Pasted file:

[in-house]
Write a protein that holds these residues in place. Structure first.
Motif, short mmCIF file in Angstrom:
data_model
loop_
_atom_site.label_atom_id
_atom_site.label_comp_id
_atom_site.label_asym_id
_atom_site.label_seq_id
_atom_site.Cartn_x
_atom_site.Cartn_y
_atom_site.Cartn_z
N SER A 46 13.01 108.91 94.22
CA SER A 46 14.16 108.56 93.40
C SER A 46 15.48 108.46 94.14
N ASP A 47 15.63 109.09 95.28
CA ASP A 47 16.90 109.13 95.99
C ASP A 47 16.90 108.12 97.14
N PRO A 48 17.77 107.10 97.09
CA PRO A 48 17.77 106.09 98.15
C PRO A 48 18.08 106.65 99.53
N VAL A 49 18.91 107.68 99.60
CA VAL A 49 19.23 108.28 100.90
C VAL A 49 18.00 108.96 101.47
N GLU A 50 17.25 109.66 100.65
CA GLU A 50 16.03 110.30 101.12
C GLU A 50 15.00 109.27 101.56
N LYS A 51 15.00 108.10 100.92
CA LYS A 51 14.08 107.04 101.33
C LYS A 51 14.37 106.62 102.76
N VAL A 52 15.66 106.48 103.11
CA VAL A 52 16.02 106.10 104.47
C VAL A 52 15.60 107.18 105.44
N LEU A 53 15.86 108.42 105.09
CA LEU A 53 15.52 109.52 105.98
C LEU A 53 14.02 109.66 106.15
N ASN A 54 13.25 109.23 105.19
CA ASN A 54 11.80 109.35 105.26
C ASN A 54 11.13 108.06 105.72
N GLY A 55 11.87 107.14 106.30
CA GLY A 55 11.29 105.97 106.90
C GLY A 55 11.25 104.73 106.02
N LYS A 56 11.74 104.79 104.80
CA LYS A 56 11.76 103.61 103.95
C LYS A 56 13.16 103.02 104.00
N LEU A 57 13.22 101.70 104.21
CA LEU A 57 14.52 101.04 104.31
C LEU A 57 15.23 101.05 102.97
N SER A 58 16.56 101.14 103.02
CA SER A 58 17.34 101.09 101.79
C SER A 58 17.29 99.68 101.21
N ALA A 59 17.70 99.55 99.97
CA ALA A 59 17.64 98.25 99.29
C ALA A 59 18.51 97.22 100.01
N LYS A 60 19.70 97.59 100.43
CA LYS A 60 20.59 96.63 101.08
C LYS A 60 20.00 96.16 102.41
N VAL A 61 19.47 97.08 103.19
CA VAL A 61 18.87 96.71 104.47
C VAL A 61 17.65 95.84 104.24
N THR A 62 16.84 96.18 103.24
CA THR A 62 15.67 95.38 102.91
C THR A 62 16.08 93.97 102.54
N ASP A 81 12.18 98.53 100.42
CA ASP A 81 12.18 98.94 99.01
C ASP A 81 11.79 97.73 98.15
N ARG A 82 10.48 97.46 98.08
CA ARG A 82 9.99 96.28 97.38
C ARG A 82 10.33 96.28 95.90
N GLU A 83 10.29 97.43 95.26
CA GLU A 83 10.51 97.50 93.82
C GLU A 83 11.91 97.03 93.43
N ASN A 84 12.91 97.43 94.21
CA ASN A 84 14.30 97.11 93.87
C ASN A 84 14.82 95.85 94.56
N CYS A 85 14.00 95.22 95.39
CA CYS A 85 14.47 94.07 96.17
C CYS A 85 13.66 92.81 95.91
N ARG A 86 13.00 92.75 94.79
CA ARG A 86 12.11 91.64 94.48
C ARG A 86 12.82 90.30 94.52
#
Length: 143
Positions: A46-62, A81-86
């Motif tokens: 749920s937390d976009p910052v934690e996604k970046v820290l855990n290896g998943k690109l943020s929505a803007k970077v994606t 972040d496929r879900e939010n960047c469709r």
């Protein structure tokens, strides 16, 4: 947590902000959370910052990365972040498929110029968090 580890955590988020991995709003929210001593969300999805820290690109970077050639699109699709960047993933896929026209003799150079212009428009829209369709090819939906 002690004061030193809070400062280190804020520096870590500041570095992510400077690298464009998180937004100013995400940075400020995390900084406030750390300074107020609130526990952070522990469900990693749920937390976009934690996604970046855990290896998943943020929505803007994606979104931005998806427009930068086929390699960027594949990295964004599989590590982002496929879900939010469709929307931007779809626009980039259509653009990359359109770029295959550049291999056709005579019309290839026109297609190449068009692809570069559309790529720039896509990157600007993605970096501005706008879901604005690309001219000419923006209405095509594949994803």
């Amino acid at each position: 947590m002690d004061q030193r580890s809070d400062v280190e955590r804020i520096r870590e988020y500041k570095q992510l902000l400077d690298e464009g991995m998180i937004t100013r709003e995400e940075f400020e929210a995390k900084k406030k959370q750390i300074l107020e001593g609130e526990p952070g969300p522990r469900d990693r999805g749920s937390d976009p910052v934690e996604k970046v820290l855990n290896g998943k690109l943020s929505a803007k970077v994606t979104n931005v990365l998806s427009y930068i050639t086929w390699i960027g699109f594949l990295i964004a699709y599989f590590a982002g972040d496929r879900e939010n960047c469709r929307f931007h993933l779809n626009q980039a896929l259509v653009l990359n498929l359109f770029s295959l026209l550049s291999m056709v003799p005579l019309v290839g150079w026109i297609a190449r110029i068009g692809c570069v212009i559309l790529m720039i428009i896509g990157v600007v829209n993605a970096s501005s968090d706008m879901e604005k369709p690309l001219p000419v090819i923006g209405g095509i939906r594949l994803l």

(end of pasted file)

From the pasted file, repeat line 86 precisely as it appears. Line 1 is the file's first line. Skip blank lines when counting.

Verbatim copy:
């Protein structure tokens, strides 16, 4: 947590902000959370910052990365972040498929110029968090 580890955590988020991995709003929210001593969300999805820290690109970077050639699109699709960047993933896929026209003799150079212009428009829209369709090819939906 002690004061030193809070400062280190804020520096870590500041570095992510400077690298464009998180937004100013995400940075400020995390900084406030750390300074107020609130526990952070522990469900990693749920937390976009934690996604970046855990290896998943943020929505803007994606979104931005998806427009930068086929390699960027594949990295964004599989590590982002496929879900939010469709929307931007779809626009980039259509653009990359359109770029295959550049291999056709005579019309290839026109297609190449068009692809570069559309790529720039896509990157600007993605970096501005706008879901604005690309001219000419923006209405095509594949994803």